“These [articles] allow me to discuss with my customers and find out what possible purchasing strategies there might be,” another said.

Secondly, readership feedback is essential for fostering a sense of community within the industry. When crop consultants actively participate in readership studies, they contribute to the creation of a publication that truly represents their collective voice and concerns. This collaboration can lead to the sharing of innovative ideas, experiences and best practices, further strengthening the industry as a whole.

Moreover, providing feedback to Progressive Crop Consultant can help address specific challenges faced by the industry. For instance, concerns about climate change, pest management or water can be highlighted and addressed through in-depth articles and expert opinions. By understanding these issues, the magazine can play a pivotal role in advocating for the industry and influencing policy decisions that benefit consultants and ultimately growers.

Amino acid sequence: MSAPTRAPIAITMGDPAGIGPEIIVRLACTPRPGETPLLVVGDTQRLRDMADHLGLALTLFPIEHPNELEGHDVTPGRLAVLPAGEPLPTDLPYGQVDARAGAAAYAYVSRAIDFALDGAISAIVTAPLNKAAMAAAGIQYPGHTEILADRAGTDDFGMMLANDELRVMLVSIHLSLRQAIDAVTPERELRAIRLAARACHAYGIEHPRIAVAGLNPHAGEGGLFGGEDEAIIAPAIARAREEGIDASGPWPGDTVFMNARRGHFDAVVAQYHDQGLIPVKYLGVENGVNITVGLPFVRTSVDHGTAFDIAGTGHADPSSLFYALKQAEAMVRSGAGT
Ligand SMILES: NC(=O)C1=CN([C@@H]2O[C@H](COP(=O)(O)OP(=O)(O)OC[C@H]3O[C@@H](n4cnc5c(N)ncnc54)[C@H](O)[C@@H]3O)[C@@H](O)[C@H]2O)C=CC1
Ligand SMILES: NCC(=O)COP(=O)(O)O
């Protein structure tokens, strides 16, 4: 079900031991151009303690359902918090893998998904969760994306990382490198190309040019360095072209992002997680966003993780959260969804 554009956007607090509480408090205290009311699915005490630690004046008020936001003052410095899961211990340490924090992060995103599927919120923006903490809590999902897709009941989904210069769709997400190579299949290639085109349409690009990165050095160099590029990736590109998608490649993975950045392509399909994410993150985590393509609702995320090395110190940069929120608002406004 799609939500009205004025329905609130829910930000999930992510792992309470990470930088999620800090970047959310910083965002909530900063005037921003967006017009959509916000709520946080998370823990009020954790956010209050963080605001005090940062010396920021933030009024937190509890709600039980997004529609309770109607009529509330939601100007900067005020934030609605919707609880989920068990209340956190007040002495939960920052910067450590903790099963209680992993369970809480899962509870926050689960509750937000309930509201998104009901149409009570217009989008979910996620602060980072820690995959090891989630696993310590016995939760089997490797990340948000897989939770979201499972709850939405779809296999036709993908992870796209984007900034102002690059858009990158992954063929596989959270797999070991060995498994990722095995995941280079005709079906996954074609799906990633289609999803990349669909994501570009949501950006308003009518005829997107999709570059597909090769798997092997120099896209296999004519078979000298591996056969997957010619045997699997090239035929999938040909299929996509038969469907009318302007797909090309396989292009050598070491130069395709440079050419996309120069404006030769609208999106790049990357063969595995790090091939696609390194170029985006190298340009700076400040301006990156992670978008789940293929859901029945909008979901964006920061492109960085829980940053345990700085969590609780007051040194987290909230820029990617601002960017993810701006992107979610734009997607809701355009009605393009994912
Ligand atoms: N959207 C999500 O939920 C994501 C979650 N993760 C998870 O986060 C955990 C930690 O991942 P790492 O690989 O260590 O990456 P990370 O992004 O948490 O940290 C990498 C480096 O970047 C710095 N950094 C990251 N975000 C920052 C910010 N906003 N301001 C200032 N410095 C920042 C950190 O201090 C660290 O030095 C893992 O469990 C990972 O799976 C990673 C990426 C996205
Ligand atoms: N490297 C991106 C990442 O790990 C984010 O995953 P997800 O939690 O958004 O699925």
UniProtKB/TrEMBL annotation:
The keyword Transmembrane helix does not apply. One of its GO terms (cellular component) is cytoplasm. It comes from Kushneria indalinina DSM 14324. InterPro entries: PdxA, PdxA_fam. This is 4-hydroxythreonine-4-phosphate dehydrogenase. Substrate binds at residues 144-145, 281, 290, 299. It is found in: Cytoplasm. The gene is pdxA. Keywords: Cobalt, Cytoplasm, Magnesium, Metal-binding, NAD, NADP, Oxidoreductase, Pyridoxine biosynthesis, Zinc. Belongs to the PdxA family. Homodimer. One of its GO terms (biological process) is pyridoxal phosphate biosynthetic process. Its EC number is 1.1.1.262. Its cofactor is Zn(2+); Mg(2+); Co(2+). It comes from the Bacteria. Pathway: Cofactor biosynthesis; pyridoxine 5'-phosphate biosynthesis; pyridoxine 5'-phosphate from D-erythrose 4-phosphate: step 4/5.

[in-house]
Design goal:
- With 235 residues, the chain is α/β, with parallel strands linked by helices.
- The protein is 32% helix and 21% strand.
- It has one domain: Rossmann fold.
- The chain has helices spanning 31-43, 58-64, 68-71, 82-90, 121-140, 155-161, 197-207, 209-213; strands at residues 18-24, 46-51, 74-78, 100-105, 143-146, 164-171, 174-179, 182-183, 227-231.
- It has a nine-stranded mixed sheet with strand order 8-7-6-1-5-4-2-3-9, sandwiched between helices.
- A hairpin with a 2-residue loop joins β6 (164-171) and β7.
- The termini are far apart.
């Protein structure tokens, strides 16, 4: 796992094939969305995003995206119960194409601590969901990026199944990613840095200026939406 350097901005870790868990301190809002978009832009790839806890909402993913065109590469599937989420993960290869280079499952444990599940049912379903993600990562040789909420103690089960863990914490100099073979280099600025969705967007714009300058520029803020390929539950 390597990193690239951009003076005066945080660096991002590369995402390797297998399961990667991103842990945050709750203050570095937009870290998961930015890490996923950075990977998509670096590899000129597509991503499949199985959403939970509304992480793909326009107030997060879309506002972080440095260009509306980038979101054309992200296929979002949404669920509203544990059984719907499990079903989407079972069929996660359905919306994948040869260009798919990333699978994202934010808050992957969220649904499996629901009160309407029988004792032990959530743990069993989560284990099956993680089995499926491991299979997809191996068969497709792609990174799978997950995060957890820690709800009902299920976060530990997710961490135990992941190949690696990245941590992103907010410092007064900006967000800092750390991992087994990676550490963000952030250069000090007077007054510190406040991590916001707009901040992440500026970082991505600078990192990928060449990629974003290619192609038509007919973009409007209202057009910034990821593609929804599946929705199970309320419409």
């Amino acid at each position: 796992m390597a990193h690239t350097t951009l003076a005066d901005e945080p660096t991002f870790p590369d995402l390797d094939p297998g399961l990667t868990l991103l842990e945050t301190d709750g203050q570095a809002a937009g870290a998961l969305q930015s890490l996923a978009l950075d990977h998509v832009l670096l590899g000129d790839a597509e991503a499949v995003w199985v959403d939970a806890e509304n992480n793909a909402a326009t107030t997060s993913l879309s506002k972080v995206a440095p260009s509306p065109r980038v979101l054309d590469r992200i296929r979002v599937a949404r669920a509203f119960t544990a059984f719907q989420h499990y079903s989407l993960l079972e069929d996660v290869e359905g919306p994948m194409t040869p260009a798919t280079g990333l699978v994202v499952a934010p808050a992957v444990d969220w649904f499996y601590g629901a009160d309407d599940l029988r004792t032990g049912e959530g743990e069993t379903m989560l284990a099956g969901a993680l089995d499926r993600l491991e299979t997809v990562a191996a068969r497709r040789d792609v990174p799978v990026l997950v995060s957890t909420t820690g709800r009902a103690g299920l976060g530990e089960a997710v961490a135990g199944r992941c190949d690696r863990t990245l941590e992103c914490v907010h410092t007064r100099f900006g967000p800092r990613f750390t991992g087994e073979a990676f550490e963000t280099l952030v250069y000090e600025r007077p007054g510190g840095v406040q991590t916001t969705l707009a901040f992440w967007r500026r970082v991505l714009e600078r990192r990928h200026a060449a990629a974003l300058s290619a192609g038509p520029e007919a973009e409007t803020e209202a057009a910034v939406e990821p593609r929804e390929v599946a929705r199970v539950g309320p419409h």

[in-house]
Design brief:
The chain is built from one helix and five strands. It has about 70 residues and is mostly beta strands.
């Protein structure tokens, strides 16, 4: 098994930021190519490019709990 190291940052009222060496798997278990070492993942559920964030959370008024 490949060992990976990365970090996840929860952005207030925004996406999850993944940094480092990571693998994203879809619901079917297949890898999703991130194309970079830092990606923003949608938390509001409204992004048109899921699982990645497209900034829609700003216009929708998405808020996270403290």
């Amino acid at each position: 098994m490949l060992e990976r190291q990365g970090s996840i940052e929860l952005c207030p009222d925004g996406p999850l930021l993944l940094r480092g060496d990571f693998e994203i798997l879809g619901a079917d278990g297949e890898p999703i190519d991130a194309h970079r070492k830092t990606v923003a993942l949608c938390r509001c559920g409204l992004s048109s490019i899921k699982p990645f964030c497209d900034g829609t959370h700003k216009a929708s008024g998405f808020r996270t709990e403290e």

In conclusion, readership studies are indispensable for a niche publication like Progressive Crop Consultant. They enable the publication to produce content that is not only informative and engaging but also directly relevant to the needs of the industry. Crop consultants should actively participate in these studies to ensure their voices are heard and the publication continues to be a valuable resource for the industry’s growth and success.